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Post Number: 99
|Posted on Sunday, July 03, 2005 - 06:17 pm: |
Cynique, The library's 5 copies of Blink were not available so I spent a long cup of coffee with it at Borders and read the first 80 pages, the last chapter, and a little in between. Here are my impressions and final thoughts on this book. It's aimed at corporate America and designed for seminars that teach employees to think outside the box. I'm already way outside the box, in fact, compared to this guy, I'm on the sidewalk. But you already know all this stuff.
The first chapter is about art, the last chapter is about music. In between, he talks about making snap judgements about people based on race and gender. For instance, there's a test which asks whether you identify words like "office" and "family" as male or female (he might have added "ballet dancer" and "fire fighter"). It also judges the time one takes to respond. I think we've all been socialized in a similar way in these areas.
The first chapter is about the authenticty of a piece of sculpture. Not its cultural authenticity (which is way outside anything Malcolm Gladwell has ever experienced or thought about), but its historical authenticity, in other words, whether it is an authentic work of art or a forgery. For example, the Getty Museum was offered a Kouros sculpture, allegedly from c. 600 BC, for $10 million. They bought it, although it turned out to be a forgery. Because they wanted it so much, they believed their scientific experts, although it later turned out that an art expert like curator Thomas Hoving of the Metropolitan Museum of Art sized it up pretty quickly as a suspect piece of art. So in my opinion that's not intuition, it's an educated suspicion.
The last chapter is about classical music and uses the example of a woman trombonist, I believe, named Abbie Conant who auditioned for the Royal Opera of Turin in 1980. She auditioned behind a screen and although she flubbed one note, was chosen immediately and enthusiastically by the judges. However, once they found out she was a woman, she was hired, but spent 13 years in litigation trying to keep her job.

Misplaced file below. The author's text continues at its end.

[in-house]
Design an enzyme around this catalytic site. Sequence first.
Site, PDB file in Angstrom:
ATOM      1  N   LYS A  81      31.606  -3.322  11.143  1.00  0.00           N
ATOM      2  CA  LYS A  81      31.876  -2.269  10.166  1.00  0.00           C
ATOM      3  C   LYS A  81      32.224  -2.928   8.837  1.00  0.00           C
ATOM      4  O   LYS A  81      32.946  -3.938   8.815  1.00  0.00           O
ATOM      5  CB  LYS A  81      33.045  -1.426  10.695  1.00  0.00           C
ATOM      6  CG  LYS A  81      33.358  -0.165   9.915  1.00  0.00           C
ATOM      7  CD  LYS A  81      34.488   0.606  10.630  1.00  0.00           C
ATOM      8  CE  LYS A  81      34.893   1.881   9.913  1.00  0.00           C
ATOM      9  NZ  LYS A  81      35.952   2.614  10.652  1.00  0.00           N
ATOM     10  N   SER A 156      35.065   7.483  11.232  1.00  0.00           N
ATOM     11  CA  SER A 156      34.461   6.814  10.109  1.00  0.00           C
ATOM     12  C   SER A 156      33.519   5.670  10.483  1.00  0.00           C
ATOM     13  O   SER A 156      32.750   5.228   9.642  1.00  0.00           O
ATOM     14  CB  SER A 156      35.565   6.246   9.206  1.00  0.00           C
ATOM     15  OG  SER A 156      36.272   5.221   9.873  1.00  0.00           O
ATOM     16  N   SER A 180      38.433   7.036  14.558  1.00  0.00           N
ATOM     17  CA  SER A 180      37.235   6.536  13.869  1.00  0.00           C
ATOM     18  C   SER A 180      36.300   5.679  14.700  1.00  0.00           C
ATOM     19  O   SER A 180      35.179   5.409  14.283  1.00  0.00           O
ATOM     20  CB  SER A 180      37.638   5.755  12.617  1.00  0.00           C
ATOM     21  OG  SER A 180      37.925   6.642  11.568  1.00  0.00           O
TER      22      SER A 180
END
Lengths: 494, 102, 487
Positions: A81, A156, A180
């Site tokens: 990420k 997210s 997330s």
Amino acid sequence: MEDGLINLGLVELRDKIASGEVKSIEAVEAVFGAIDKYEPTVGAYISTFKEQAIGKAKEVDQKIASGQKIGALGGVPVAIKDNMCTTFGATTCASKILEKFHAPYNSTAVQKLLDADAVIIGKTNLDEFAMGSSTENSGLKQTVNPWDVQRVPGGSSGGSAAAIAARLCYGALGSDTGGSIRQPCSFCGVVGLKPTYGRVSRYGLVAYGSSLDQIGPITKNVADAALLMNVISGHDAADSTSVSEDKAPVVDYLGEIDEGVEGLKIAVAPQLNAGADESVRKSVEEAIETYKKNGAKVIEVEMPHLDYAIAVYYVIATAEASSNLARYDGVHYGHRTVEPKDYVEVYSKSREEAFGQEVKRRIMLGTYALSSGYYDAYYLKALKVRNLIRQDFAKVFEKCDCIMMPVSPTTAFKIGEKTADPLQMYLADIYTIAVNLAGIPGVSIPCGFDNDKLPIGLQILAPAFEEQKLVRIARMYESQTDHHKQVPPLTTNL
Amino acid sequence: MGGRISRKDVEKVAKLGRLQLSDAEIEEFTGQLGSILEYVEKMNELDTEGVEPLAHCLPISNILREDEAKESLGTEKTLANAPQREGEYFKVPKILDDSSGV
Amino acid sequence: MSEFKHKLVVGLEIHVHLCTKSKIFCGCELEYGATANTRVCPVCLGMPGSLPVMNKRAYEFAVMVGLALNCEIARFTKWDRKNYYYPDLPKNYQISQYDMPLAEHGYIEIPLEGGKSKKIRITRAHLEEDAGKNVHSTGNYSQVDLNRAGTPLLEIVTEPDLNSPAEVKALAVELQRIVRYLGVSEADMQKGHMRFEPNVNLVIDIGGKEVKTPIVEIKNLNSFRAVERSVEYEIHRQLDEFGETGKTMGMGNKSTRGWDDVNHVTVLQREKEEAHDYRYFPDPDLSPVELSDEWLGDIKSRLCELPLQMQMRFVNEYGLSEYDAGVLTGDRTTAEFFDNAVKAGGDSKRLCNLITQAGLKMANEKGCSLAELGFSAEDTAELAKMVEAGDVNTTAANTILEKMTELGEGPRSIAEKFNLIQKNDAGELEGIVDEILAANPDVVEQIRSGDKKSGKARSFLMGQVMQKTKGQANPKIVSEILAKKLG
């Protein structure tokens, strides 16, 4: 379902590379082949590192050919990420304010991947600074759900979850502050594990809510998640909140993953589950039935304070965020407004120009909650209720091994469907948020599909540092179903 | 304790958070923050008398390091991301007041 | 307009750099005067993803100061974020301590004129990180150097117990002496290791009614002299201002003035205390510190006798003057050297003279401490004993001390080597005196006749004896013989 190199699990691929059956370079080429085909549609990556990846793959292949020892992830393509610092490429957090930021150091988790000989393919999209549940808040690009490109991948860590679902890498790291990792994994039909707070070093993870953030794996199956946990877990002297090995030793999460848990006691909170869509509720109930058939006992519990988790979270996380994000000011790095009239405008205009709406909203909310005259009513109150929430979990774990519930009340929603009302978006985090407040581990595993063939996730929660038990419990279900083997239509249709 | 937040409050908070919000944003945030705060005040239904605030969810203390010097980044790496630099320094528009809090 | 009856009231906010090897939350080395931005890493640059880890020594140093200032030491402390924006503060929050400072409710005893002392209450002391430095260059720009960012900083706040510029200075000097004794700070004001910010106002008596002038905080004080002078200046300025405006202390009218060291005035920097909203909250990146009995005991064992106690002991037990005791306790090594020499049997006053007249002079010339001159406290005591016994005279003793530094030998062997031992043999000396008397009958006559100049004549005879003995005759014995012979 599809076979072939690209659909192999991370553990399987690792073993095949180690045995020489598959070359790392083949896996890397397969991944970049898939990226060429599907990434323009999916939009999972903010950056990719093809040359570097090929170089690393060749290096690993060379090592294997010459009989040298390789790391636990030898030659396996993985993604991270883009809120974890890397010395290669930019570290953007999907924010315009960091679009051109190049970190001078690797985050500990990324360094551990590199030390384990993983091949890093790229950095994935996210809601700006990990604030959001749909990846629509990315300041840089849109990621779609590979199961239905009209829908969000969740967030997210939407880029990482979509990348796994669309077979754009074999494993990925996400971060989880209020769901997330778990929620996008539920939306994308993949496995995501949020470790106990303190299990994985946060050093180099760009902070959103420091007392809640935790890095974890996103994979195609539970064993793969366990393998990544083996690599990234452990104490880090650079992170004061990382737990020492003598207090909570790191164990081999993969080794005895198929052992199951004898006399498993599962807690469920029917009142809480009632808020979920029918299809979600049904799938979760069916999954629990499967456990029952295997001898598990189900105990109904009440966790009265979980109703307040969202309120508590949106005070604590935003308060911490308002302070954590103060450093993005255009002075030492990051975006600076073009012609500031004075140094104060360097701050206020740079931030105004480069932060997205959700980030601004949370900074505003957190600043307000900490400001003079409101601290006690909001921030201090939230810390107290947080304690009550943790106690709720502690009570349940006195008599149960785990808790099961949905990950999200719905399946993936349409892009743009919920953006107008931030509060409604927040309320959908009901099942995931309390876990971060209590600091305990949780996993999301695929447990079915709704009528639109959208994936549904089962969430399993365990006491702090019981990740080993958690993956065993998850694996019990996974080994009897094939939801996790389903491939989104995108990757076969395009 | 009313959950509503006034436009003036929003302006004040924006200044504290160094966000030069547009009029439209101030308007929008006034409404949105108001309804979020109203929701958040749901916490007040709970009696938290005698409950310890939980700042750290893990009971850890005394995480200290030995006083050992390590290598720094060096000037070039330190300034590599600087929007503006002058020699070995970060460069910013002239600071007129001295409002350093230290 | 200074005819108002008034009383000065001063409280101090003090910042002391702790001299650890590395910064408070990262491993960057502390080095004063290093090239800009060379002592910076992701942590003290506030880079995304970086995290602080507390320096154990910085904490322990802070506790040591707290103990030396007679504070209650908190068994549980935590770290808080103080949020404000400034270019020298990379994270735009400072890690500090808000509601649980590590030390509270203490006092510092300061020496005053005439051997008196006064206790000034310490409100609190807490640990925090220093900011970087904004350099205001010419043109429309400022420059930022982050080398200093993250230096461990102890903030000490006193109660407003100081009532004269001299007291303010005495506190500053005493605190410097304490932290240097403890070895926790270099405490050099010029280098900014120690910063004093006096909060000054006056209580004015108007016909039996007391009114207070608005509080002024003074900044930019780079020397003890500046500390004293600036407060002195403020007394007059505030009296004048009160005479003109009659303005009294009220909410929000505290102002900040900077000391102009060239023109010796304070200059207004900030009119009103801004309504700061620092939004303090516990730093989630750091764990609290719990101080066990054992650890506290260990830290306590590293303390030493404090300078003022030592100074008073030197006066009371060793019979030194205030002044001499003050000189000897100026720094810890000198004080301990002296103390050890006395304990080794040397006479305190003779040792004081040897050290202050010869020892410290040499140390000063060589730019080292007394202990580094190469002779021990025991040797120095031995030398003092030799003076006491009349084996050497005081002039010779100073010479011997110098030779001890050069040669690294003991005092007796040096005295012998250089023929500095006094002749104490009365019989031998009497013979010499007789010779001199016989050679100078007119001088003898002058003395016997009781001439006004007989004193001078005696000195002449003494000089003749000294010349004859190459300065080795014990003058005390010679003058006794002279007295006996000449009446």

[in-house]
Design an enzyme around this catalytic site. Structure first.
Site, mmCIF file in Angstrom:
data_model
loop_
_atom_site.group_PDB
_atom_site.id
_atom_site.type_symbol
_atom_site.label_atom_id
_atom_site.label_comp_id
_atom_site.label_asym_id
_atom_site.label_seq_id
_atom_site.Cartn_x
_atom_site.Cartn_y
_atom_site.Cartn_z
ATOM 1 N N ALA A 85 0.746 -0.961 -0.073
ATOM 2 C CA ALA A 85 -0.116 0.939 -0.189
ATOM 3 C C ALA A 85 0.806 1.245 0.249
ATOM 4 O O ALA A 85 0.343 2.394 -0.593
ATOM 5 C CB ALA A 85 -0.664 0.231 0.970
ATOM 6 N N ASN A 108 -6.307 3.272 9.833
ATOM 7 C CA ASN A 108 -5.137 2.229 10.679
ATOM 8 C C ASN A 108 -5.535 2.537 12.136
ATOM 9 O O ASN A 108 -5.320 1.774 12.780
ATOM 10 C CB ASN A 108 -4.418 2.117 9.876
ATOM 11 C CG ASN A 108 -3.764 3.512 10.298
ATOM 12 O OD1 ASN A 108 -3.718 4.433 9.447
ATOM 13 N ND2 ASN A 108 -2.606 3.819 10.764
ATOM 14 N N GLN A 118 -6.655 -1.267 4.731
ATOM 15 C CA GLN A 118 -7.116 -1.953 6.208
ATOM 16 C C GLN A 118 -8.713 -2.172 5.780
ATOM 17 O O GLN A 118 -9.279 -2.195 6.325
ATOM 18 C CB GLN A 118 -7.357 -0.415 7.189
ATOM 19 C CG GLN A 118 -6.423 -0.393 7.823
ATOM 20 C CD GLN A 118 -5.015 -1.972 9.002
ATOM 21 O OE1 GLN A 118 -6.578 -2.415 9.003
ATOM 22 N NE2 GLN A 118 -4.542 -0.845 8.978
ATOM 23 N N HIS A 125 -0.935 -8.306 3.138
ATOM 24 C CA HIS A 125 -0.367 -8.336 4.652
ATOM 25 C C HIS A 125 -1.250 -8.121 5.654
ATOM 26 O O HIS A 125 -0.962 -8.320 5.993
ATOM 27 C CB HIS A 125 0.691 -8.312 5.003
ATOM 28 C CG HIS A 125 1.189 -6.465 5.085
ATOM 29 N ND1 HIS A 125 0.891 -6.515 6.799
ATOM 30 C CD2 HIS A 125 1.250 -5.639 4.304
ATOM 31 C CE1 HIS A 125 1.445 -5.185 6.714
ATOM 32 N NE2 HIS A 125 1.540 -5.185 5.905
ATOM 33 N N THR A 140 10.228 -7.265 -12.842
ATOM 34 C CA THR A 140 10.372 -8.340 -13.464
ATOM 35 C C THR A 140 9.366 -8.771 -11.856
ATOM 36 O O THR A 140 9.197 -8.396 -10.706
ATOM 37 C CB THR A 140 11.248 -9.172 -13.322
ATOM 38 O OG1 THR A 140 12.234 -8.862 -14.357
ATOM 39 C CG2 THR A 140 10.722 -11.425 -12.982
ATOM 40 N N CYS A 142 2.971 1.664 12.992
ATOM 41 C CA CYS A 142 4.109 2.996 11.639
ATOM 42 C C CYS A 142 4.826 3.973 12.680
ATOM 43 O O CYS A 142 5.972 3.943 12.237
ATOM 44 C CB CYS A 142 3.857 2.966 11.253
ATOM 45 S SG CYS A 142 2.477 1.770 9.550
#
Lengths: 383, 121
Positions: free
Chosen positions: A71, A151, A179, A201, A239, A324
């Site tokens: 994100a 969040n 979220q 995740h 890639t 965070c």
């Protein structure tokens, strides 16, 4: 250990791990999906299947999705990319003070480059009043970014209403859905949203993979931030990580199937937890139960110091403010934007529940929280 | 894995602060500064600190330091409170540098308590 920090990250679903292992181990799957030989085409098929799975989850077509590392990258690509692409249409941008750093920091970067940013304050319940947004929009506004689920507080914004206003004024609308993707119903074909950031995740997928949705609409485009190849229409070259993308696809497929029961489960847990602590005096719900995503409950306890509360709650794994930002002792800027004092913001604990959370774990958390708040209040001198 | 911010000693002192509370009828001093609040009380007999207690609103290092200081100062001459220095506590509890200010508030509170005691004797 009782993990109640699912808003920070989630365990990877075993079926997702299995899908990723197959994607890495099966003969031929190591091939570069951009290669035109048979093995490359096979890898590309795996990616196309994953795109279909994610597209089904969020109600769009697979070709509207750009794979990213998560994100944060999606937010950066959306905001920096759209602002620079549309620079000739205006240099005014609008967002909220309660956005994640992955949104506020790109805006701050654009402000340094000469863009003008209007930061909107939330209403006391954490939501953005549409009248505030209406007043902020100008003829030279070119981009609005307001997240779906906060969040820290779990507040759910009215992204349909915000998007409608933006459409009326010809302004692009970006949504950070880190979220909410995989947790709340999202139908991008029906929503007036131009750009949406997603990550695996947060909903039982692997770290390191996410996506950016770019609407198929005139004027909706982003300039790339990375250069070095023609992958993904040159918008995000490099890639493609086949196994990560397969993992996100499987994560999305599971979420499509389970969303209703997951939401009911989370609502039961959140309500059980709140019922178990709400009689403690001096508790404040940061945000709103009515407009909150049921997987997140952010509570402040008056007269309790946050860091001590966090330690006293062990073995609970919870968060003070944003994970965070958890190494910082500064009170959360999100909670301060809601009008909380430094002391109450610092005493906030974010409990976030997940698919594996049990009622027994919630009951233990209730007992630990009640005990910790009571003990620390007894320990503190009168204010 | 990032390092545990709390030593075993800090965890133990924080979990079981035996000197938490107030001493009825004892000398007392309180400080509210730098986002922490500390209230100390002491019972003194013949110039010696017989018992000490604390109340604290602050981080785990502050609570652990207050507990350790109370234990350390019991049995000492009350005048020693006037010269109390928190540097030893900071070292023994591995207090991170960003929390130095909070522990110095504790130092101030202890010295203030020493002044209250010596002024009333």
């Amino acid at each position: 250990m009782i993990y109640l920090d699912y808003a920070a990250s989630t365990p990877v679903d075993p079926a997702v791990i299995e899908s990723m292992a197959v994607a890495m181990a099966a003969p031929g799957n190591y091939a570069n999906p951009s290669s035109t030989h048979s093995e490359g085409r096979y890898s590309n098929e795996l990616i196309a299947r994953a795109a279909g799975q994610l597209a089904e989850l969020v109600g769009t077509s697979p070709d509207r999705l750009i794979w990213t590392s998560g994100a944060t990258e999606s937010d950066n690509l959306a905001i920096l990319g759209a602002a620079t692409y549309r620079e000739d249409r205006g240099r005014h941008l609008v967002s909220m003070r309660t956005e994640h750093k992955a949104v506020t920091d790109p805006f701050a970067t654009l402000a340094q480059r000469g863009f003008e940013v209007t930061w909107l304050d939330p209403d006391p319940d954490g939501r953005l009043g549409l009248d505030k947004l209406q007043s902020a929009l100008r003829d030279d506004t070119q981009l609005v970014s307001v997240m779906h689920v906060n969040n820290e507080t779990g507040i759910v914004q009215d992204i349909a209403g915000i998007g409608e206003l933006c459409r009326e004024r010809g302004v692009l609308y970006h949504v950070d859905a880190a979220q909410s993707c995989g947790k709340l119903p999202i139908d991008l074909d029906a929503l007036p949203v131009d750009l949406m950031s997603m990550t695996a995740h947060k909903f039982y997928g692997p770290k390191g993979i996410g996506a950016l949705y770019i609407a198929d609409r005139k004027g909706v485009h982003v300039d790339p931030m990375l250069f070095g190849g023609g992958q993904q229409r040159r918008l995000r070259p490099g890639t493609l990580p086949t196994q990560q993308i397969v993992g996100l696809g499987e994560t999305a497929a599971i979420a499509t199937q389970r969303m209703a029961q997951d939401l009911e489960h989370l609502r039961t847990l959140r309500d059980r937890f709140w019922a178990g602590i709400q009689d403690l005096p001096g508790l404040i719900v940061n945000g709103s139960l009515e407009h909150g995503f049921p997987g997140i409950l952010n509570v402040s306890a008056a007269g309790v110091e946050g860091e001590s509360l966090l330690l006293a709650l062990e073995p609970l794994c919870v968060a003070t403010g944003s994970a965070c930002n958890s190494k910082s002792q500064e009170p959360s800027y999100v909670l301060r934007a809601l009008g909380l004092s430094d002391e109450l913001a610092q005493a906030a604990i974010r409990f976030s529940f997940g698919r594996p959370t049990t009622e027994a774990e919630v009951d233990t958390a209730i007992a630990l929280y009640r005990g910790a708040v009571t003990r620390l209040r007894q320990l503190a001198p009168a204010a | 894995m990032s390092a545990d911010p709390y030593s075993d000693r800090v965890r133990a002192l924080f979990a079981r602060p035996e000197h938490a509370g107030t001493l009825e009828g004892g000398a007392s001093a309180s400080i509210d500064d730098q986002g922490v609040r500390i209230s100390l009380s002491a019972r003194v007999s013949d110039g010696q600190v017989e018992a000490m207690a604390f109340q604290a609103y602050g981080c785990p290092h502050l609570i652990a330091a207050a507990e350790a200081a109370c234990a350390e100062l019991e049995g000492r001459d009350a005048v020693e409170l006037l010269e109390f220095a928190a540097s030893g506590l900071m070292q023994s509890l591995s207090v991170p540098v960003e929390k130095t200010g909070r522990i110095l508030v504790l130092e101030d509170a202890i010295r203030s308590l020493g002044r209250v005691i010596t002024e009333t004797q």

Finally, he gives the example of a french hornist named Julie Landsman who auditioned, also behind a screen, for the Metropolitan Opera orchestra in the mid-60s. She also was chosen, and when the screen was lifted, the judges were surprised to discover that they already knew her because she had previously been hired a substitute in the orchestra. Gladwell calls this a "Blink" moment, that is, when the curtain came up, "they saw her for who she truly was."
The purpose of the examples of the women instrumental musicians in the final chapter is supposed to have a practical application for corporate America, which is that "we get better music" by making a "snap" judgement on the basis of ability rather than a deliberation based on other factors. Gladwell states, "And how did we get better music? Not by rethinking the entire classical music enterprise or building new concert halls or pumping in millions of new dollars, but by paying attention to the tiniest detail, the first two seconds of the audition."
Here's my opinion, for what it's worth. These anecdotal examples may be sufficient to inspire Gladwell's corporate clients, however, in the real world, I think they probably have very little bearing on gender discrimination and racial inequality in classical music. In fact, I'm almost sure of it. What I mean is that in order to reach the level of proficiency required of someone who seriously expects to be considered for an orchestra appointment, a woman instrumentalist has already had to compete against men on the high school and college level where, I'm assuming, decisions are not made behind a screen. It's a very competitive field and I know a few woman classical musicians who have dropped out of music altogether while attending prestigious university music programs.
It's even harder for African American instrumentalists, but ironically, not for vocalists, according to Rosayln M. Story (author of "And So I Sing"), a violinist with the Dallas Opera and Ft. Worth Symphony. She explains that vocalists mature much later and it may even be to their advantage to receive operatic training relatively late, whereas, instrumentalists are required, in order to compete, to be extremely proficient by a very young age. So, according to her, there are socioeconimic reasons why only a small percentage of symphonic musicians and instrumental soloists are African Americans, compared to concert and opera performers.
It's hard to understand how someone can make $1 million a year with this kind of simplistic motivational spiel.